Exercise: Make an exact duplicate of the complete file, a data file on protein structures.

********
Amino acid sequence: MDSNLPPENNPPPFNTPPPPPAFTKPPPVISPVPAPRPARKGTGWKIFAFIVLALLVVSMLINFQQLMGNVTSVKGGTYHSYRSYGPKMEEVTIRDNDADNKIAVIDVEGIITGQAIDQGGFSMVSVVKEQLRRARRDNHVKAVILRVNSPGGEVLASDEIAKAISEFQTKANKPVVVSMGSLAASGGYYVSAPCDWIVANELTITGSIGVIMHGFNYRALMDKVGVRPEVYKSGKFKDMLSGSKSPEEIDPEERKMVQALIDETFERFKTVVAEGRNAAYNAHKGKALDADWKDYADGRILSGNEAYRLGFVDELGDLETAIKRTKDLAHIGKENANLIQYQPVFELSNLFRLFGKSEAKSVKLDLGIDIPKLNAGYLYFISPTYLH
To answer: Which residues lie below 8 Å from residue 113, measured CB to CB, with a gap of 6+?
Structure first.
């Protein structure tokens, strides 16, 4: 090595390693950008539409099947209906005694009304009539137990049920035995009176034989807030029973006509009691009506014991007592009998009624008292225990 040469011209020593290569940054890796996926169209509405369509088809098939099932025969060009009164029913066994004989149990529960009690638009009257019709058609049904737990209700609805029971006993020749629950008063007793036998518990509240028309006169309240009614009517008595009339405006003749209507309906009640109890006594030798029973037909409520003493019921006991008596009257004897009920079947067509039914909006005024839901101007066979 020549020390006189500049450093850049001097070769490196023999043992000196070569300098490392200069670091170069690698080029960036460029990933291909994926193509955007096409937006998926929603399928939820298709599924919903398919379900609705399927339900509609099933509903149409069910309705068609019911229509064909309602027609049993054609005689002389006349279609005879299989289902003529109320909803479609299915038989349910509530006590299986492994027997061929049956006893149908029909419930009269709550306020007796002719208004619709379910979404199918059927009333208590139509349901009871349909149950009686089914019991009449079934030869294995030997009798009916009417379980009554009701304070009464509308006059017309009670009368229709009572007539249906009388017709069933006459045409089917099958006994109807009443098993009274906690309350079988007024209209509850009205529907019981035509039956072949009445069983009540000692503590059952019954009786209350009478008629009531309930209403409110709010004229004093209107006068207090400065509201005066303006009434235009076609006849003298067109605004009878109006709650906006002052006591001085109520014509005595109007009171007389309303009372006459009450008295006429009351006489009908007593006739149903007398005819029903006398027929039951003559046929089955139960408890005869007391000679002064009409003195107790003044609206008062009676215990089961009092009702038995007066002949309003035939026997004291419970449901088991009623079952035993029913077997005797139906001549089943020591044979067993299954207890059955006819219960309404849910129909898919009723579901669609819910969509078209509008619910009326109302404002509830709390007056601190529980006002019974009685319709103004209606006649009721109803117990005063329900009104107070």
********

Amino acid sequence: MDSNLPPENNPPPFNTPPPPPAFTKPPPVISPVPAPRPARKGTGWKIFAFIVLALLVVSMLINFQQLMGNVTSVKGGTYHSYRSYGPKMEEVTIRDNDADNKIAVIDVEGIITGQAIDQGGFSMVSVVKEQLRRARRDNHVKAVILRVNSPGGEVLASDEIAKAISEFQTKANKPVVVSMGSLAASGGYYVSAPCDWIVANELTITGSIGVIMHGFNYRALMDKVGVRPEVYKSGKFKDMLSGSKSPEEIDPEERKMVQALIDETFERFKTVVAEGRNAAYNAHKGKALDADWKDYADGRILSGNEAYRLGFVDELGDLETAIKRTKDLAHIGKENANLIQYQPVFELSNLFRLFGKSEAKSVKLDLGIDIPKLNAGYLYFISPTYLH
To answer: Which residues lie below 8 Å from residue 113, measured CB to CB, with a gap of 6+?
Structure first.
């Protein structure tokens, strides 16, 4: 090595390693950008539409099947209906005694009304009539137990049920035995009176034989807030029973006509009691009506014991007592009998009624008292225990 040469011209020593290569940054890796996926169209509405369509088809098939099932025969060009009164029913066994004989149990529960009690638009009257019709058609049904737990209700609805029971006993020749629950008063007793036998518990509240028309006169309240009614009517008595009339405006003749209507309906009640109890006594030798029973037909409520003493019921006991008596009257004897009920079947067509039914909006005024839901101007066979 020549020390006189500049450093850049001097070769490196023999043992000196070569300098490392200069670091170069690698080029960036460029990933291909994926193509955007096409937006998926929603399928939820298709599924919903398919379900609705399927339900509609099933509903149409069910309705068609019911229509064909309602027609049993054609005689002389006349279609005879299989289902003529109320909803479609299915038989349910509530006590299986492994027997061929049956006893149908029909419930009269709550306020007796002719208004619709379910979404199918059927009333208590139509349901009871349909149950009686089914019991009449079934030869294995030997009798009916009417379980009554009701304070009464509308006059017309009670009368229709009572007539249906009388017709069933006459045409089917099958006994109807009443098993009274906690309350079988007024209209509850009205529907019981035509039956072949009445069983009540000692503590059952019954009786209350009478008629009531309930209403409110709010004229004093209107006068207090400065509201005066303006009434235009076609006849003298067109605004009878109006709650906006002052006591001085109520014509005595109007009171007389309303009372006459009450008295006429009351006489009908007593006739149903007398005819029903006398027929039951003559046929089955139960408890005869007391000679002064009409003195107790003044609206008062009676215990089961009092009702038995007066002949309003035939026997004291419970449901088991009623079952035993029913077997005797139906001549089943020591044979067993299954207890059955006819219960309404849910129909898919009723579901669609819910969509078209509008619910009326109302404002509830709390007056601190529980006002019974009685319709103004209606006649009721109803117990005063329900009104107070």